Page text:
What is the difference between a documentary and a scripted movie? This is the question raised early on by one of the characters in the Egyptian independent film Microphone. And while the underlying theme of the film is the underground art movement in the coastal city of Alexandria, Egypt, the real pull of the picture is the way writer and director Ahmad Abdalla presents it.
The film centers around Khaled (Khaled Abol Naga), an engineer who returns to his hometown of Alexandria after working abroad for the past seven years. Upon his return, Khaled unsuccessfully attempts to rekindle a romance with his former lover and finds that his relationship with his father is nearly non-existent. While seemingly lost in a city he once knew so well, Khaled, filled with confusion and self-pity, roams the streets of Alexandria trying to piece together all of the changes around him.
His salvation comes from stumbling upon the underground art scene that includes a colorful cast of characters including graffiti artists, skateboarders, film school students documenting the scene and musicians—ranging from hip-hop acts to an all-girl metal group to accordion players and rock bands. He finds solace in this group of youth counter-culturists as they too are trying to find themselves in a city that’s largely conservative views work in direct contrast of the art they are trying to create.
As far as the script is concerned, Microphone sometimes struggles to find its stride. While the theme of youth being oppressed by the powers-that-be is clear, other areas are not. There are reoccurring cut-scenes of Khaled and his former girlfriend reuniting, and these scenes end up being uninspired filler since all questions regarding their relationship were answered immediately without any follow-up needed. Then there’s a side-story revolving around the relationship between two film students, Magdy (Ahmad Magdy) and Salma (Yousra El Lozy). This may have been relevant if these characters’ relationship had been fully developed, but it ends up being a random side-note with answers that never materialize as questions mount.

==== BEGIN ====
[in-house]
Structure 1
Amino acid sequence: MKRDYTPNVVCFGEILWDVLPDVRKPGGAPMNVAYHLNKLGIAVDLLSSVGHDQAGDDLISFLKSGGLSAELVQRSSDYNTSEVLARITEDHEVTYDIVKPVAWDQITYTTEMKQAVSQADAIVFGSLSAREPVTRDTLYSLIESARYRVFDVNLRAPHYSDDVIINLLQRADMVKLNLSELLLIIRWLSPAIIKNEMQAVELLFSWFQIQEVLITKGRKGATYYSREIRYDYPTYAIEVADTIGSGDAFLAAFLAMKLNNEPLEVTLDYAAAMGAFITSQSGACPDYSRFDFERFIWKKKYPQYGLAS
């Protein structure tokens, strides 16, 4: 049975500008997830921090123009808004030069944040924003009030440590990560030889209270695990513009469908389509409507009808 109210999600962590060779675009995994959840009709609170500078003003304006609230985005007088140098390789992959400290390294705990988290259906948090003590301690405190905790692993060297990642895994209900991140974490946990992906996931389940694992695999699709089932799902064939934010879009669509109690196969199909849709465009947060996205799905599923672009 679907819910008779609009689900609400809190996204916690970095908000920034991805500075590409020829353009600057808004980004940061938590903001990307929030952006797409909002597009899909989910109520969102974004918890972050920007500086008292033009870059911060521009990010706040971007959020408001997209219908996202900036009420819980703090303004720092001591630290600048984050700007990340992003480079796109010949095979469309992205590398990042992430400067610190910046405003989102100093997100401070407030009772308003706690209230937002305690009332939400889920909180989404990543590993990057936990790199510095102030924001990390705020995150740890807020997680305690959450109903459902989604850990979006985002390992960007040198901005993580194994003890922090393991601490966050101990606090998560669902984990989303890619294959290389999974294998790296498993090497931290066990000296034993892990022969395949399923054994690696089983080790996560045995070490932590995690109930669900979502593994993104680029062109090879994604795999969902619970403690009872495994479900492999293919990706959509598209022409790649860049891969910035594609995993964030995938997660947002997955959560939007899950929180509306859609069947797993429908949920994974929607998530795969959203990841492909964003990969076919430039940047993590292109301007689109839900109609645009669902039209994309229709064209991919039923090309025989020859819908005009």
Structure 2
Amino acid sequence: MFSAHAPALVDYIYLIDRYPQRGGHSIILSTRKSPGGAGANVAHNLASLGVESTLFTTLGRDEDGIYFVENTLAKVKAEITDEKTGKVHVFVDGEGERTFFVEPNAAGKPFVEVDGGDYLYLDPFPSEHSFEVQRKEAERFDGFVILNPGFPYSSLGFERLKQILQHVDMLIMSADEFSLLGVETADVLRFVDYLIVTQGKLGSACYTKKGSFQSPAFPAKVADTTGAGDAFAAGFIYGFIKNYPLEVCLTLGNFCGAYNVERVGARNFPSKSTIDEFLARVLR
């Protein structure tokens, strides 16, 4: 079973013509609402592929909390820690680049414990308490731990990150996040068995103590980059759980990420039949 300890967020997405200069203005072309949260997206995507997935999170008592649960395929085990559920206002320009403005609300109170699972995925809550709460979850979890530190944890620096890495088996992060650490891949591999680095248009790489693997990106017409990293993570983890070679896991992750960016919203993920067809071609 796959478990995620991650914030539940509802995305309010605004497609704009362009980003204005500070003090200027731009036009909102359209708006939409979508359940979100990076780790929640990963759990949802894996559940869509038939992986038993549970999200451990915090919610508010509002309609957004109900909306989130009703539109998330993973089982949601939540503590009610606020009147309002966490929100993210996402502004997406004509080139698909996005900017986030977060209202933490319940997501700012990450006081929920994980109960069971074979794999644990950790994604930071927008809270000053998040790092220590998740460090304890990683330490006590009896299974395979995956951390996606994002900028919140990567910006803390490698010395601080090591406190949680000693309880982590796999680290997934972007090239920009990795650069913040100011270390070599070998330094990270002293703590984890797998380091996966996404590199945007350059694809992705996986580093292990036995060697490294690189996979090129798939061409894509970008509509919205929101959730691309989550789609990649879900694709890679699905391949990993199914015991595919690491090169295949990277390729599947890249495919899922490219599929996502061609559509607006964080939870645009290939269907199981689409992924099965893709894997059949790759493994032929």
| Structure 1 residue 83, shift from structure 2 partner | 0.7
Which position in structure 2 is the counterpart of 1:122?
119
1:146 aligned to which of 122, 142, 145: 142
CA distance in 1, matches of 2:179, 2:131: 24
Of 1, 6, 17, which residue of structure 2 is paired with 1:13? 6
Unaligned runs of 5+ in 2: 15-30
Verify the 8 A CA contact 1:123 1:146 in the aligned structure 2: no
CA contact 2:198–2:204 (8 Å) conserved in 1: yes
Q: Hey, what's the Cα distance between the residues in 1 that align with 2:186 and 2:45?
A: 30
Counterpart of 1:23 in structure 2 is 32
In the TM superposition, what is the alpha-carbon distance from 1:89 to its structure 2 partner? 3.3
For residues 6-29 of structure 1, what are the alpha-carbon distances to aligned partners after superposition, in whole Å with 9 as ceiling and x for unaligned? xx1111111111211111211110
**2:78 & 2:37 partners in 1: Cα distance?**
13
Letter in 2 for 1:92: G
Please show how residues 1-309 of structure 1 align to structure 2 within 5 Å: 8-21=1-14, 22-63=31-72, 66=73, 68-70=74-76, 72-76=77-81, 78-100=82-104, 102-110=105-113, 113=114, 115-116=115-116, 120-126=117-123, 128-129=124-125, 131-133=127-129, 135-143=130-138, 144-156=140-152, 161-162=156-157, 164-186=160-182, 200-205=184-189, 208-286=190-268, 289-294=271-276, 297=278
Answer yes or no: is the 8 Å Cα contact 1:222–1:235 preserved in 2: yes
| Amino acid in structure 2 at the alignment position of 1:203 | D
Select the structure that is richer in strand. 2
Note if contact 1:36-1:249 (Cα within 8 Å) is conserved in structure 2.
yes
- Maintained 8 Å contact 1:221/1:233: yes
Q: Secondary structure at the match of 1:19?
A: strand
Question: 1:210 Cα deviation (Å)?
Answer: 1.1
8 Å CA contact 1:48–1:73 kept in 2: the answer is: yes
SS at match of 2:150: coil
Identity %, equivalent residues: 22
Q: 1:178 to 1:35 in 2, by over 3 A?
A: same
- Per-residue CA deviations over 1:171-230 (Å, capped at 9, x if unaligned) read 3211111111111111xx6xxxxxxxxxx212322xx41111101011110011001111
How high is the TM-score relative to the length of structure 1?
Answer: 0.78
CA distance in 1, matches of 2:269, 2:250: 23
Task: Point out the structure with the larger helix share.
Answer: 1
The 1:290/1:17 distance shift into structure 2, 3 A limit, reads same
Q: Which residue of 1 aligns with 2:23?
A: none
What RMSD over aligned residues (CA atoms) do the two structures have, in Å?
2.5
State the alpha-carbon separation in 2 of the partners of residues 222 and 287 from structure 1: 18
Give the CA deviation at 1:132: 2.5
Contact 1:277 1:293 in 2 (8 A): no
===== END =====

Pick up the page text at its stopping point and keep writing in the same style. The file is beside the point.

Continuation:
But where the story stumbles, other areas excel. Microphone was conceived when writer/director Abdalla did his own wandering through the streets of Alexandria where he met many of the same characters that Khaled does in the film.
Abdalla created a fictionalized film based on the real people and stories from the actual underground art scene in Alexandria. And to keep steady with this reality, much of the film seems like it could very well be a documentary. Just as the film school students asked the question of what’s the difference between a documentary and a scripted-film, it seems that Abdalla had asked himself that same question and then made this film to challenge anyone’s answer.
Abdalla is documenting this scene as reality despite the fact that it is a scripted film. You can almost feel yourself following these characters as the cameraman, and bringing that reality to a fictional film is what makes Microphone stand out along with some occasional choppy editing techniques to give it a more authentic feel. It’s not just a bland story of a man trying to find himself amongst misunderstood youth fighting societal pressures and norms, but it’s a film that blurs the lines between reality and fiction, documentary and narrative.
So just as the Khaled and the underground art movement challenge the boundaries of what’s accepted in society, Abdalla challenges the boundaries of filmmaking styles and genres, which is the real accomplishment of Microphone.